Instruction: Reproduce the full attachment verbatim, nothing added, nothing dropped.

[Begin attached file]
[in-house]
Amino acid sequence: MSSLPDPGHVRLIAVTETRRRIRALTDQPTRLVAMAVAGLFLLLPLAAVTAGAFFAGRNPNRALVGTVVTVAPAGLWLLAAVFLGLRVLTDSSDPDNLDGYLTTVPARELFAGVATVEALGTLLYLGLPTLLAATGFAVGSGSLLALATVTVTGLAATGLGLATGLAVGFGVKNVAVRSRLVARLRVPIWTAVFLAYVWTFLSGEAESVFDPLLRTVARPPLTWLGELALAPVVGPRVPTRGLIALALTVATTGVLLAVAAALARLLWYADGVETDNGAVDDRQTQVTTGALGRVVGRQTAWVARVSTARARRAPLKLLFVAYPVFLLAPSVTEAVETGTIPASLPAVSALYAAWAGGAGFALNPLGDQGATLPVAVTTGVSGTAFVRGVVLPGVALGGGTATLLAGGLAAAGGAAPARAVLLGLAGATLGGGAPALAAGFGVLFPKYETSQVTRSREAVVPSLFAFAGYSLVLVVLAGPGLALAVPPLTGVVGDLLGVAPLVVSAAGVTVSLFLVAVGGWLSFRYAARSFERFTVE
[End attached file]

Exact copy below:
[in-house]
Amino acid sequence: MSSLPDPGHVRLIAVTETRRRIRALTDQPTRLVAMAVAGLFLLLPLAAVTAGAFFAGRNPNRALVGTVVTVAPAGLWLLAAVFLGLRVLTDSSDPDNLDGYLTTVPARELFAGVATVEALGTLLYLGLPTLLAATGFAVGSGSLLALATVTVTGLAATGLGLATGLAVGFGVKNVAVRSRLVARLRVPIWTAVFLAYVWTFLSGEAESVFDPLLRTVARPPLTWLGELALAPVVGPRVPTRGLIALALTVATTGVLLAVAAALARLLWYADGVETDNGAVDDRQTQVTTGALGRVVGRQTAWVARVSTARARRAPLKLLFVAYPVFLLAPSVTEAVETGTIPASLPAVSALYAAWAGGAGFALNPLGDQGATLPVAVTTGVSGTAFVRGVVLPGVALGGGTATLLAGGLAAAGGAAPARAVLLGLAGATLGGGAPALAAGFGVLFPKYETSQVTRSREAVVPSLFAFAGYSLVLVVLAGPGLALAVPPLTGVVGDLLGVAPLVVSAAGVTVSLFLVAVGGWLSFRYAARSFERFTVE